A Brunch.

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IMG_7335It’s still International Women’s Day! Thanks to you if you’ve checked out my playlist. Please, enjoy this blurry picture of me on a bus 8 months ago. I started tweeting about women I love, and here, in no particular order, is something approaching a more complete list of women who inspire me. In my article on Amy I write about the way I look up to her – that’s essentially how I feel about everyone on this list. I’ll write properly about them soon, but for now please tell me all the people I’ve inevitably missed off.

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International Women’s Day Playlist

Photo on 08-03-2016 at 09.56Guys, I’ve made the best International Women’s Playlist. I’ll add to it through the day when I’m not working on the business I set up, achieving my life goals or being adored for my goddess-like tendencies. And I’m still in my PJ’s! No seriously, it’s a great playlist: there’s divas, girlbands, legends, heartbreakers, newcomers, sass-queens, sirens, songwriters and composers alike on this thing. It’s epic. Trust me. Give it a subscribe so I know you’re there. Whack it on and give thanks for all the amazing women in our lives – and if you’re a woman, then high bloody five from me.

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Boy friends who are stuck at home ill in bed feeling rubbish, but give you a hug as soon as you open the door because you had good news. Boy friends who punch the air for you. Boy friends who buy you lunch and tease you about the little things. Boy friends who buy you water and boy friends who bring you wine.

Boy friends you shared a bed with because there was no room on the floor and it was the worst house party in history. Boy friends you shared a bed with because you were too upset to go home. Boy friends you shared a bed with because they came to hang out but sometimes you need to stay in bed all day and watch The Herbs and that’s ok too.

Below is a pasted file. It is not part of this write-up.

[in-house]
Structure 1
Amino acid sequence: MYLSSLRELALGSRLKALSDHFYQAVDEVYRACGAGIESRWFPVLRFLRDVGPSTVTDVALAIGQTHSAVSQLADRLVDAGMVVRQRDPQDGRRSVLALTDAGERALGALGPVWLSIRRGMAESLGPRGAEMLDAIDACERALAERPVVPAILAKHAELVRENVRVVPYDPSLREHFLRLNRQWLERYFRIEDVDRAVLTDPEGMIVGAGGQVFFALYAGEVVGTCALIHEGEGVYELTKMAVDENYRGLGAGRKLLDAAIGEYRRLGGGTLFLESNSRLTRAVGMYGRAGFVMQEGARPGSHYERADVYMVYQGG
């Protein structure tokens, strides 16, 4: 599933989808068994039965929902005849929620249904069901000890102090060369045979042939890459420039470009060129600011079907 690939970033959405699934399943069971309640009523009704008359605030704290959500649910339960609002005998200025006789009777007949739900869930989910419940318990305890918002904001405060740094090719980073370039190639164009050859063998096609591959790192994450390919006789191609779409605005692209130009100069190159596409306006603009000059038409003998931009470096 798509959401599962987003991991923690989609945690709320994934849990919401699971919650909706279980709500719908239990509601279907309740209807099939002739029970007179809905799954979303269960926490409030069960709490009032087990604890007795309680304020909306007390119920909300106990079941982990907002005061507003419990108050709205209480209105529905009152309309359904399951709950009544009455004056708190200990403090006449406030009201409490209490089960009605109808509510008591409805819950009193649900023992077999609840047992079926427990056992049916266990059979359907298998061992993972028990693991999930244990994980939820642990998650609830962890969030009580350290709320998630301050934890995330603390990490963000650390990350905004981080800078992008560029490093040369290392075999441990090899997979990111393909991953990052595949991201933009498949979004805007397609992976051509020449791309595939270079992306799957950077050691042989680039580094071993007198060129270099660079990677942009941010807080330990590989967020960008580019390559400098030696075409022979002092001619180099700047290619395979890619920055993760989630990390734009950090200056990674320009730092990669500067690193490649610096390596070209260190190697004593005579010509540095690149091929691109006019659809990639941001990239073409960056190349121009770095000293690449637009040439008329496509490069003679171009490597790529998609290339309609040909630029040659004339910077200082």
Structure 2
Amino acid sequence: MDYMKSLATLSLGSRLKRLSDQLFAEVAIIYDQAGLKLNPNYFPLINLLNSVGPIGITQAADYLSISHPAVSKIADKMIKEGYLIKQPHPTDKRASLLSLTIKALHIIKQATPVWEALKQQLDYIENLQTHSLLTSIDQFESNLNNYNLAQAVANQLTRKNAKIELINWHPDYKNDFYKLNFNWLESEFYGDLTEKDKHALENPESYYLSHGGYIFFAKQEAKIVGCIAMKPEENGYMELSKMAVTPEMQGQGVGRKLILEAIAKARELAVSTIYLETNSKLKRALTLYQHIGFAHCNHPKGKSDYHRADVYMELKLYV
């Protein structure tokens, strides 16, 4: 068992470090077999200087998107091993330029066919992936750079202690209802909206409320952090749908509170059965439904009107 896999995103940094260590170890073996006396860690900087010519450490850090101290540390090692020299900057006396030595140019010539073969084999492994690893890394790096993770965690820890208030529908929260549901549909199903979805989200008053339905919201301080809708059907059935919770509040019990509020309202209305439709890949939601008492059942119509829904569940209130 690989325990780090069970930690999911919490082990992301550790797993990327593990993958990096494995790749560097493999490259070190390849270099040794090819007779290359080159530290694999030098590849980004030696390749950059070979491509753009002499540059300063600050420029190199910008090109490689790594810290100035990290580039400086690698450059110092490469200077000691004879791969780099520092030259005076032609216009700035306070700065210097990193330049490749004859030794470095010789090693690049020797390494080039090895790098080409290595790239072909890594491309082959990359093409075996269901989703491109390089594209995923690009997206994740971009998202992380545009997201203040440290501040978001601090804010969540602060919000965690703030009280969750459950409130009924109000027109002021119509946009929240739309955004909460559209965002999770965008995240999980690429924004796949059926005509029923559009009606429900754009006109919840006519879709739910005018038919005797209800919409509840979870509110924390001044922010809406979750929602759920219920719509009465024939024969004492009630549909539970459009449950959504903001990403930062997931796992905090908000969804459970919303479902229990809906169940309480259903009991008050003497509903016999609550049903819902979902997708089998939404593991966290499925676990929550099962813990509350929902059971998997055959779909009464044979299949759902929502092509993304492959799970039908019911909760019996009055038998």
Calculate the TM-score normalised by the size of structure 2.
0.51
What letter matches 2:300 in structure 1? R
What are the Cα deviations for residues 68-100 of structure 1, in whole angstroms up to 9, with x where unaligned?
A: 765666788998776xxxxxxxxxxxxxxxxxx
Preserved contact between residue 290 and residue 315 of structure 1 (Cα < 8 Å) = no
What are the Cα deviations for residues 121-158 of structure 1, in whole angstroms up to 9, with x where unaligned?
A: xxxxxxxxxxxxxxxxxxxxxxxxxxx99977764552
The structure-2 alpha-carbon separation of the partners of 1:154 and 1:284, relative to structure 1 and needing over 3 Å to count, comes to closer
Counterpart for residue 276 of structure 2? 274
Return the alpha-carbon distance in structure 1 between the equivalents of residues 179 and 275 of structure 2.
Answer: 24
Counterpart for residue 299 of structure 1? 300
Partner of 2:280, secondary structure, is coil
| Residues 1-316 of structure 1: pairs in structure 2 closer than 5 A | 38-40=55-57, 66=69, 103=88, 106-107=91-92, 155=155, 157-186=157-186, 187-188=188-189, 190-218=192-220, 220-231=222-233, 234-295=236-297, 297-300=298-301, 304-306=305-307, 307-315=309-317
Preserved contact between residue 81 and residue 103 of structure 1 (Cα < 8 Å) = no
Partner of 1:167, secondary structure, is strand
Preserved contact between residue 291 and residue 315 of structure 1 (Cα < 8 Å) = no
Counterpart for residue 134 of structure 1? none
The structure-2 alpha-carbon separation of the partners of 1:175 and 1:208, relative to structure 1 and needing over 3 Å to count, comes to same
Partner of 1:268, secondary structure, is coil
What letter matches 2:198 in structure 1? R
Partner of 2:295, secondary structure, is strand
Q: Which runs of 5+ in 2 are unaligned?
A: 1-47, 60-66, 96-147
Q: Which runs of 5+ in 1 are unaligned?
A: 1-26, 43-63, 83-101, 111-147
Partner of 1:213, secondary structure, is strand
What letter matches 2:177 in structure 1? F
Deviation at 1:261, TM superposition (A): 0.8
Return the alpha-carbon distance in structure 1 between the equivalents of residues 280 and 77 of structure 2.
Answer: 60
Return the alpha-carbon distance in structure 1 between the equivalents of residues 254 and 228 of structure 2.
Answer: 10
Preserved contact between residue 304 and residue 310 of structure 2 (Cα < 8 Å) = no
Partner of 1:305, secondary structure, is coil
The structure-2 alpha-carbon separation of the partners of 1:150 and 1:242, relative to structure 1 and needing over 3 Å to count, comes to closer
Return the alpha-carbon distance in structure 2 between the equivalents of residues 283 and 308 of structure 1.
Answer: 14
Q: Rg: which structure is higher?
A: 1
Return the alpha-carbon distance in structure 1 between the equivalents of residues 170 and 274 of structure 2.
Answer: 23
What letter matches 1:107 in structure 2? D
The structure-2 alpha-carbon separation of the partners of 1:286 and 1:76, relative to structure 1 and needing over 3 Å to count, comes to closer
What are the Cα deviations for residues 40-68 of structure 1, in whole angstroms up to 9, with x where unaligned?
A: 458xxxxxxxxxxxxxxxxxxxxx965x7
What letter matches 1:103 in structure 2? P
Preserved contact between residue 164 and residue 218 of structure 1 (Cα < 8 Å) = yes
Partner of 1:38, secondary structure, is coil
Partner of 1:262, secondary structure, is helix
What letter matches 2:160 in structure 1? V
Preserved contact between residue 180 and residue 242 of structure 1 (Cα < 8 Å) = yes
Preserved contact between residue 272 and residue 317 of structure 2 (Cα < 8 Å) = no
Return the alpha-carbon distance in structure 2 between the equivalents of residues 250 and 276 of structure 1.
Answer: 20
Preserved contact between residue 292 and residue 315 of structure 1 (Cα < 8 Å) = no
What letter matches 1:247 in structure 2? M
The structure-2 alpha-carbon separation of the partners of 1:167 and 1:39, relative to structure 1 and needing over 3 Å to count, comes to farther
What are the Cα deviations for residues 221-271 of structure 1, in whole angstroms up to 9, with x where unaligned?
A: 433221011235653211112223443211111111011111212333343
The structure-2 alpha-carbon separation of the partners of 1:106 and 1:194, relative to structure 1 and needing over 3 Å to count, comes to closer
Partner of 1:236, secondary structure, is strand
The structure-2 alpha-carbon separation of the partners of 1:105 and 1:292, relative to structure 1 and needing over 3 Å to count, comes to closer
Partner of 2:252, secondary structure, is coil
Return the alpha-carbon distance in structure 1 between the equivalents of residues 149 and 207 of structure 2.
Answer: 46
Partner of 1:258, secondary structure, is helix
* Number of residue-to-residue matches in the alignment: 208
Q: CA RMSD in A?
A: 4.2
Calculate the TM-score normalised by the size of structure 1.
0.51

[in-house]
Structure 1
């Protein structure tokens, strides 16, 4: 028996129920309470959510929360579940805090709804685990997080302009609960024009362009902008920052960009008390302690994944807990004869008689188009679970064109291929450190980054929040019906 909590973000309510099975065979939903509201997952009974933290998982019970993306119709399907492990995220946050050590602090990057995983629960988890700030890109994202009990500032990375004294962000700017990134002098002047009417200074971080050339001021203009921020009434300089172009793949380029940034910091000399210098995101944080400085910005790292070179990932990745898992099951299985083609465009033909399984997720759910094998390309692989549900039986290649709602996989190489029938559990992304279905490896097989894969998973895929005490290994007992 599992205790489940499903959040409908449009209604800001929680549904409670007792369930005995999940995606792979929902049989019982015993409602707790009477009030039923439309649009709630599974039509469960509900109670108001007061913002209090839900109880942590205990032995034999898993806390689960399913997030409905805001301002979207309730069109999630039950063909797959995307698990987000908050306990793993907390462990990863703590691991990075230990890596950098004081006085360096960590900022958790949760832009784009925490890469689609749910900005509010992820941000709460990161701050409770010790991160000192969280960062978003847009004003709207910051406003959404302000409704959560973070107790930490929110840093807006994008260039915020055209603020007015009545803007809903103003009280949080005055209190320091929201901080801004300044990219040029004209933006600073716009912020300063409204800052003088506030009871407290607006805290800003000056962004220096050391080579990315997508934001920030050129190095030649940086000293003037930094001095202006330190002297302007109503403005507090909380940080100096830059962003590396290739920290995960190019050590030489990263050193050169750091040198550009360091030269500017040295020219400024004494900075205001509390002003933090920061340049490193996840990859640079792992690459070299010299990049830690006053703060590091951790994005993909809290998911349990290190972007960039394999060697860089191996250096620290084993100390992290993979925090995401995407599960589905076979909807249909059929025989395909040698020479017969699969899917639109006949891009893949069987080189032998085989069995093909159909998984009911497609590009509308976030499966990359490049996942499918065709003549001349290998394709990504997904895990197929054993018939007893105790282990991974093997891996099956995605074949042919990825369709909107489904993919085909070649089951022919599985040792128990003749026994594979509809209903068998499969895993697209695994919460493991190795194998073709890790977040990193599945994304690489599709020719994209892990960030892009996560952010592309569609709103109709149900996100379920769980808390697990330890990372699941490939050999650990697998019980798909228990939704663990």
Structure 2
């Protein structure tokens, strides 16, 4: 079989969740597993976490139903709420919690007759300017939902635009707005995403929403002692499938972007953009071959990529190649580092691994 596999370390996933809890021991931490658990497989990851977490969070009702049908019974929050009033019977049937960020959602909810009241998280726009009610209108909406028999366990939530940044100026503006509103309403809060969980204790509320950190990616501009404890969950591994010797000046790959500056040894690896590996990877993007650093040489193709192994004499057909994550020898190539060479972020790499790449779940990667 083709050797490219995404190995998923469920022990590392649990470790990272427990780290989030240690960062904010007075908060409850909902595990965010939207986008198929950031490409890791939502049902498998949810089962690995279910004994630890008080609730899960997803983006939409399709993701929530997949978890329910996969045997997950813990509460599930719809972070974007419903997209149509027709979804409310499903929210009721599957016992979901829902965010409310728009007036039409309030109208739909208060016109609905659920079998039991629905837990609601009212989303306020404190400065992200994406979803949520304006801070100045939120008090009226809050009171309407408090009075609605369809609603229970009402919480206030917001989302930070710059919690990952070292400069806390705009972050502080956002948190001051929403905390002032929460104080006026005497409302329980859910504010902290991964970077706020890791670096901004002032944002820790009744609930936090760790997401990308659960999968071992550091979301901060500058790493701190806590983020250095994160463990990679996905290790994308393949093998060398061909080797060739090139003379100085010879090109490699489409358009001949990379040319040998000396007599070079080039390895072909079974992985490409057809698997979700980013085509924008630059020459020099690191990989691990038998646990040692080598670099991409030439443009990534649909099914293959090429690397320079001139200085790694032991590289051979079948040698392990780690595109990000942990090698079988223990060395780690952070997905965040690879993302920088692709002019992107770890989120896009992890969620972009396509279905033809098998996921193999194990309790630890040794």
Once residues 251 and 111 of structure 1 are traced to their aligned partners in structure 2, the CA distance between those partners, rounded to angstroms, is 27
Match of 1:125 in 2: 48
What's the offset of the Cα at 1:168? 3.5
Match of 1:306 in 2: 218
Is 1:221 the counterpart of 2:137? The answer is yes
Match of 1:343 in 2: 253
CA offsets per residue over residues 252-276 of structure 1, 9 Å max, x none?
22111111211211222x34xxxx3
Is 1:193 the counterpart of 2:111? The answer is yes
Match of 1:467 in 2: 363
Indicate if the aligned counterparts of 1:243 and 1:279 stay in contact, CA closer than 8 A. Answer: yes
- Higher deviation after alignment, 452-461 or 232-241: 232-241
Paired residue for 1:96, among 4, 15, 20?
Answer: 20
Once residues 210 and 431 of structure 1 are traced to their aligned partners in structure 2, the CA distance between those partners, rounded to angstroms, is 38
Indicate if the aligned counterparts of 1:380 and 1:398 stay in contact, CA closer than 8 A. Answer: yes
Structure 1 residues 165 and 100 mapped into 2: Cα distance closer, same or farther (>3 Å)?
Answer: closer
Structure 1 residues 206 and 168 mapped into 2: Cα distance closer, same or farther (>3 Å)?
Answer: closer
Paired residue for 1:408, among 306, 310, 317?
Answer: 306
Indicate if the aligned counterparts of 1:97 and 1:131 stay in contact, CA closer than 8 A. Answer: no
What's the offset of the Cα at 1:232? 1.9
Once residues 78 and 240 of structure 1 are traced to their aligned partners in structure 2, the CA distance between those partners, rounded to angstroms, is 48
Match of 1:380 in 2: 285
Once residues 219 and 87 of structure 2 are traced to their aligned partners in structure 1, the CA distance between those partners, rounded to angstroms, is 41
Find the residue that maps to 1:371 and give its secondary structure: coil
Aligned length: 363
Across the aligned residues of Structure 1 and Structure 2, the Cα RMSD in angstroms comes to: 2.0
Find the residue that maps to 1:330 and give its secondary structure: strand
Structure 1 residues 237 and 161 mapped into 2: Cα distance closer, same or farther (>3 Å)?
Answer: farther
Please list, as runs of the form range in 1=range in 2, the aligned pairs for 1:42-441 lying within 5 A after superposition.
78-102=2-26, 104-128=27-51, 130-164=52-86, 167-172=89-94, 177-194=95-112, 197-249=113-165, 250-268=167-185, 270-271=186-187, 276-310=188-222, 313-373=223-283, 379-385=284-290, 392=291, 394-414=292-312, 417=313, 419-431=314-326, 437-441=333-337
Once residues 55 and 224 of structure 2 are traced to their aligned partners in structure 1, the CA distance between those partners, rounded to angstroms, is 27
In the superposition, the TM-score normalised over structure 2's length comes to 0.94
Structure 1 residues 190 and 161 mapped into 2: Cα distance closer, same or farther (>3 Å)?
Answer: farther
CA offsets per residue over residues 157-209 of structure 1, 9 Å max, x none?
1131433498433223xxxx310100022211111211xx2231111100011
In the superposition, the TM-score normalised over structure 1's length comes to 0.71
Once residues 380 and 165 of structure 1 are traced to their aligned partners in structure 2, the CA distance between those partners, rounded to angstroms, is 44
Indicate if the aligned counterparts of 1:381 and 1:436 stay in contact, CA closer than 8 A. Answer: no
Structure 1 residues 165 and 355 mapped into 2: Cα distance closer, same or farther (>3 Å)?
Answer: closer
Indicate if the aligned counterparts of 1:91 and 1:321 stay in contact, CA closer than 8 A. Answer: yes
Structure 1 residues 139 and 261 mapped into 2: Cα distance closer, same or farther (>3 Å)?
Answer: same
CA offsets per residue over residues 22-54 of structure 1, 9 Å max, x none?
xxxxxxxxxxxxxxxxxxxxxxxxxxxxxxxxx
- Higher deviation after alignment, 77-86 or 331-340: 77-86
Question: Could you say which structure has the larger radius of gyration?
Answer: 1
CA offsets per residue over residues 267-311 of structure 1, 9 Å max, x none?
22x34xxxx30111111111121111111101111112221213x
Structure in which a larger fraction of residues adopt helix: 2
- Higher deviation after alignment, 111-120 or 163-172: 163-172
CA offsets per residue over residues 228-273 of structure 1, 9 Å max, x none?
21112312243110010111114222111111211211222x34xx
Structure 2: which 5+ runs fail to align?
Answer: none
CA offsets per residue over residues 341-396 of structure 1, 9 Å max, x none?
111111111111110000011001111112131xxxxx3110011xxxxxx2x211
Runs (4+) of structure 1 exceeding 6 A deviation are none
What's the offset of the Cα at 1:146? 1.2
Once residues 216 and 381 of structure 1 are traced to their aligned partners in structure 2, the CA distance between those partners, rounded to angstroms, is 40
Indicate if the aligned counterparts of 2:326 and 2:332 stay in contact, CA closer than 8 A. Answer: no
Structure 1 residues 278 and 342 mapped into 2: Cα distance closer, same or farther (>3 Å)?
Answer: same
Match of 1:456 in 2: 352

Boy friends just in time for Christmas. Boy friends who go to the pub with you because your date was late. Boy friends who hold up three Christmas jumpers each so you can try on a dress behind them in a busy market. Boy friends who tell you that you have to get the dress because any date would ask you out instantly if he saw you in it. Boy friends who buy you the dress because you’re broke and you can’t see what they see and there’s a hope that maybe one day you’ll get it; who knows if that will ever happen but it’s nice anyway. Boy friends who’ve known you forever and boy friends who’ve known you a month. Boyfriends.



Happy Birthday, Dad!

IMG_0313My Dad and I have always had a very strange relationship. We lived apart for a long time, he’s never understood my creative bent and we have had extremely different upbringings in almost completely opposing cultures and classes. But as I get older I see the similarities between us. We are both critics, tough, precious with our time and complete workaholics. I frequently look at my Dad for reasons to stop and take more breaks; he is a constantly exhausted night-owl and just a few years into my professional life I’m exactly the same.

Despite being so serious, my earliest recollections of my Dad are of him making people laugh. I think my Dad has always been “the funny one” in all of his circles, and from a young age I’ve seen him use humour not just to entertain but to diffuse tension, bring people together and make people feel comfortable. As a small child, all I can remember thinking is “when I’m older I want to be funny like Dad”. Not smart, beautiful, attractive, rich, famous or anything: just funny. I wouldn’t say I can match him for laugh-a-minute, but I get the occasional gag in where I can.